If nothing else, the two forums that have been held recently about East Hampton Town’s scavenger waste plant on Springs-Fireplace Road are putting the matter of the long-term quality of our groundwater back into the public dialogue. This is important for several reasons, not the least of which is that thousands of residents depend on shallow, private wells for potable water, and many of them are highly vulnerable to contamination.
As to the plant itself, it was closed as a treatment facility last year after the town was cited by the State Department of Environmental Conservation for illegal discharges and other violations. Since then, East Hampton Town Supervisor Bill Wilkinson and Councilwoman Theresa Quigley have been a two-vote bloc pressing to sell the plant for $300,000. A quick sale was thwarted, however, and the dissenting board members have embarked on a fact-finding effort to figure out what to do in a serious, measured way.
There are two major questions. The first is whether the Town of East Hampton should reopen the multimillion-dollar plant and to what end. It could be run as a waste-holding and transfer station, or it could be fixed up, at a cost so far unknown, and run as a treatment facility. The other big issue is what the town will do in the long term about water quality and septic waste, particularly from home systems.
Increasingly, scientists and others are realizing that failing and outdated septic systems are not just a threat to drinking-water aquifers but to surface waters — our bays and harbors — as well. Developers and some environmentalists say that small, decentralized sewage plants are the answer, but, while the technology may be promising, there is a high degree of risk.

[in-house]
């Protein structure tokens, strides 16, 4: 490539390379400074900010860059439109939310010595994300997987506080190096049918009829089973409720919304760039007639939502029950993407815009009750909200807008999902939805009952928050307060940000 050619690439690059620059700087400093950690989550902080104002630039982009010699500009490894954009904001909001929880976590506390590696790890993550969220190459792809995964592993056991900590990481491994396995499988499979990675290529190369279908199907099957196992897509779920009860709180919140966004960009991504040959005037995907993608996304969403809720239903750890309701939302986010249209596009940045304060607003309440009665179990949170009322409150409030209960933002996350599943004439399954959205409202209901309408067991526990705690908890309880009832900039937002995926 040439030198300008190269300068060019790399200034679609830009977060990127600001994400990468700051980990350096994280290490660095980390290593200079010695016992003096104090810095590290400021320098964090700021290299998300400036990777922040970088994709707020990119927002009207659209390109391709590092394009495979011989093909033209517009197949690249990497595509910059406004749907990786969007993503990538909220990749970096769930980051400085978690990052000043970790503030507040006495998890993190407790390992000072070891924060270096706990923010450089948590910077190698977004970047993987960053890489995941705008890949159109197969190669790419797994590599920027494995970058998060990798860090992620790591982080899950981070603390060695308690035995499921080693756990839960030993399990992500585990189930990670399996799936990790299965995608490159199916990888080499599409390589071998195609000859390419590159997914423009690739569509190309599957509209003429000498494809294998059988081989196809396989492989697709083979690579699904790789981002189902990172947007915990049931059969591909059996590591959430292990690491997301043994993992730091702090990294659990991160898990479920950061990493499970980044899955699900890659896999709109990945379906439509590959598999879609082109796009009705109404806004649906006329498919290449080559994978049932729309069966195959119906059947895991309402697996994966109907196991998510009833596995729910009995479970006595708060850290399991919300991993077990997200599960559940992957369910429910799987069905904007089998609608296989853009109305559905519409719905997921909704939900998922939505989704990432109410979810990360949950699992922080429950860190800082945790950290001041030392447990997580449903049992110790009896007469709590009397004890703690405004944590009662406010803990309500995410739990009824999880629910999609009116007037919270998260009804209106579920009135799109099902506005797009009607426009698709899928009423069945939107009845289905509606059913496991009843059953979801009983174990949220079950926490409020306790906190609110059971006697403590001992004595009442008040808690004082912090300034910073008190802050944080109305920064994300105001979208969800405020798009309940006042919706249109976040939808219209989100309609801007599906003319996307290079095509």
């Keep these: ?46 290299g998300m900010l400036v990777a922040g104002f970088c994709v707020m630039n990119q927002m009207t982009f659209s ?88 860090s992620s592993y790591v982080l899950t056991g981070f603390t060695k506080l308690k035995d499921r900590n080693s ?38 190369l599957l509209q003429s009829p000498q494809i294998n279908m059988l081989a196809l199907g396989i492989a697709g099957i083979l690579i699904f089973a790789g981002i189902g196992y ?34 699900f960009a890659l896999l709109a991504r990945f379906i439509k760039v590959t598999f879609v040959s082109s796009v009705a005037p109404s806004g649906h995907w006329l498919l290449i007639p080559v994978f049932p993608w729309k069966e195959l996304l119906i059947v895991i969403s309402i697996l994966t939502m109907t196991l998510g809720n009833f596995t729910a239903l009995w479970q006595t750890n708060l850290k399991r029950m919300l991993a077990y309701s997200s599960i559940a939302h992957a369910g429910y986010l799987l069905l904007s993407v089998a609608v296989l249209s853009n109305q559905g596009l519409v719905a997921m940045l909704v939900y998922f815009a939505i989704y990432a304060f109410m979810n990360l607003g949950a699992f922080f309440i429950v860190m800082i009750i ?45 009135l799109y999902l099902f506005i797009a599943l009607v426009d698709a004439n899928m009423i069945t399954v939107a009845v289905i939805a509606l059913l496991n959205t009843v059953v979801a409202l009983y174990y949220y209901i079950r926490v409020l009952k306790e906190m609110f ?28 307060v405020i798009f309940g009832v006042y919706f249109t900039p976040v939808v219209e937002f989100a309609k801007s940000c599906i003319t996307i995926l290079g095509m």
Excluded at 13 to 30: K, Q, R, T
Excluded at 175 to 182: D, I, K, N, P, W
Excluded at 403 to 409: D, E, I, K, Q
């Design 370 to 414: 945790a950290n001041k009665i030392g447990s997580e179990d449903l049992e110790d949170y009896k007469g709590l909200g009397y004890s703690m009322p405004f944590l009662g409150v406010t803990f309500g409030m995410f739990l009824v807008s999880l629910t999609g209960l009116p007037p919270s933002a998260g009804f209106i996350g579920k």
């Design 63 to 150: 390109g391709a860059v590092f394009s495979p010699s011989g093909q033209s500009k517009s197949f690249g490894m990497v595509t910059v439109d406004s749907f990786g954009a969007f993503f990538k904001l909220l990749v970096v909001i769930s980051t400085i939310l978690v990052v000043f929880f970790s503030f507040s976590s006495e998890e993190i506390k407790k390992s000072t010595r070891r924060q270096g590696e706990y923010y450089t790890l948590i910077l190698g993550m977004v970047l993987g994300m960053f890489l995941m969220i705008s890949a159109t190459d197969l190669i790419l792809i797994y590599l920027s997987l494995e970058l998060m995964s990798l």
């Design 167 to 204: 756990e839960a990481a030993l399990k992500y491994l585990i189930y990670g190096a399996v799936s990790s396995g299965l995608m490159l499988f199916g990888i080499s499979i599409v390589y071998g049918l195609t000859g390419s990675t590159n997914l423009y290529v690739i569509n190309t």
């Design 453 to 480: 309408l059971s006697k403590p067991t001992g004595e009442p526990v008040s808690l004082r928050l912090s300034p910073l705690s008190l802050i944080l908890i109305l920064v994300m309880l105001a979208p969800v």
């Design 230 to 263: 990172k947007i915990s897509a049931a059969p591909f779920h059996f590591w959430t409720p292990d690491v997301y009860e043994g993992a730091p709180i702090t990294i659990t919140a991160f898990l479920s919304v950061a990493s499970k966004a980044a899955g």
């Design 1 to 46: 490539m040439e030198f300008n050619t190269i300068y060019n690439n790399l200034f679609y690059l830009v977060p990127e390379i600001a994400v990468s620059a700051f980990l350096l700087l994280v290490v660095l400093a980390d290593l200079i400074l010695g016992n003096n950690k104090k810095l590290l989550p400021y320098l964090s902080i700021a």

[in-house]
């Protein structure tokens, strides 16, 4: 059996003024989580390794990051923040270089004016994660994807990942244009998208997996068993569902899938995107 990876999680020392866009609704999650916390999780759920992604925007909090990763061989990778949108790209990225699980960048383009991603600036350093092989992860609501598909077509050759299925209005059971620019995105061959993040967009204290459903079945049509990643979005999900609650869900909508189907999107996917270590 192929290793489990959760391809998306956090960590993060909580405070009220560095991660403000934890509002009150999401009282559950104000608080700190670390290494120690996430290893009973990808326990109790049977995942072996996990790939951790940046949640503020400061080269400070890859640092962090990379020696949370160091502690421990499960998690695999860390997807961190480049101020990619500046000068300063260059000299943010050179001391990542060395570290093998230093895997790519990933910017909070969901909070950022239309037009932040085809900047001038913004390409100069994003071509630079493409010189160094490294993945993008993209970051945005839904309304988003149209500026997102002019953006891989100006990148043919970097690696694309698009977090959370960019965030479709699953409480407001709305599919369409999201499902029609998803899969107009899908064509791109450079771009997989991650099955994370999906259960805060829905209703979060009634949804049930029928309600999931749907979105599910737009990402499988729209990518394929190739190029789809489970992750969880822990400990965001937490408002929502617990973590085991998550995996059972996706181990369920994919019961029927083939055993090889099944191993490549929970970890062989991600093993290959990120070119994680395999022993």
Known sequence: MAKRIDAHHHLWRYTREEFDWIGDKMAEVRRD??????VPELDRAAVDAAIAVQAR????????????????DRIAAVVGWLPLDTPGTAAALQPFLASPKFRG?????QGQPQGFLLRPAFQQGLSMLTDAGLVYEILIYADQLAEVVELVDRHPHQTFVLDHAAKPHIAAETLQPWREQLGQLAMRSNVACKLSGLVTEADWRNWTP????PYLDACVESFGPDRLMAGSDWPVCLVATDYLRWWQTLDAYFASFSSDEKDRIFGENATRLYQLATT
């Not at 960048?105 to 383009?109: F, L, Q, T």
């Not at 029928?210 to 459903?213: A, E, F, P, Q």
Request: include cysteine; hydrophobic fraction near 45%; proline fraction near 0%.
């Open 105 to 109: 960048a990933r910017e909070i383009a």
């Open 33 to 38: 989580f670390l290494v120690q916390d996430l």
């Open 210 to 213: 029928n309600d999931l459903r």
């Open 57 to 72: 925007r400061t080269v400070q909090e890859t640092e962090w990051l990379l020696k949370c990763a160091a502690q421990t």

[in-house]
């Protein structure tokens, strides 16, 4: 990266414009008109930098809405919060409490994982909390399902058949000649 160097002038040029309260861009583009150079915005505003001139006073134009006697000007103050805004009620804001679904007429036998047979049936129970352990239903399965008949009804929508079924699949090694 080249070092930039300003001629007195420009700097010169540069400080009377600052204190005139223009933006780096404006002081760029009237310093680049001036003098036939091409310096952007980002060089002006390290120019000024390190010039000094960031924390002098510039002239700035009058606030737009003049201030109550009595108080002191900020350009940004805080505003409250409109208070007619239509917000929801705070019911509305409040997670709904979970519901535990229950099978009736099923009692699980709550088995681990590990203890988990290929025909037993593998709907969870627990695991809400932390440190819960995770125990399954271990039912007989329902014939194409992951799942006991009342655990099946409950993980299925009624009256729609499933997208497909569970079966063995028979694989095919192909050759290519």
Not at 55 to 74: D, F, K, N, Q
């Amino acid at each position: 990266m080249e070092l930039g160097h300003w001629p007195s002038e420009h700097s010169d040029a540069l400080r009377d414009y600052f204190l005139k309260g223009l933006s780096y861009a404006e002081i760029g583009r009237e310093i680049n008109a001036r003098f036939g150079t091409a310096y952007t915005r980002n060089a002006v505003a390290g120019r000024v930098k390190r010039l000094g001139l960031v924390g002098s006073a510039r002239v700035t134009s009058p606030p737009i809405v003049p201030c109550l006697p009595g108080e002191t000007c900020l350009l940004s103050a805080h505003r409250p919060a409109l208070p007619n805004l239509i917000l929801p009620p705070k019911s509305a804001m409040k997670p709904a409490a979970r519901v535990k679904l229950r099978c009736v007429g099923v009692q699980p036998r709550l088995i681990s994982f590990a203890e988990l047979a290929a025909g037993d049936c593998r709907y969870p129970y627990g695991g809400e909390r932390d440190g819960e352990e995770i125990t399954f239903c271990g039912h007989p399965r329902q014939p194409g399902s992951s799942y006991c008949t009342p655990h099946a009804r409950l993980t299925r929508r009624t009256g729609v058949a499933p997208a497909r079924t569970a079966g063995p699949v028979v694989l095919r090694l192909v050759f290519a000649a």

Such new systems may be expensive or complicated to maintain, and there is little that local governments can effectively do, given their limited staffs and resources, to make sure they function properly. Speaking earlier this year about wastewater, Bob DeLuca, the president of the Group for the East End, said that municipal treatment facilities tended to “do better” at protecting the environment than private plants. Government accountability, he said, made the difference.
The organizers of a Town Hall meeting Saturday about the waste plant and related issues, Sylvia Overby and Dominick Stanzione, are on the right track in trying to develop a long-range strategy, based on groundwater testing and the best available science. This is a major issue for the Town of East Hampton and one that is not going to go away by selling the Springs-Fireplace Road facility for a paltry $300,000.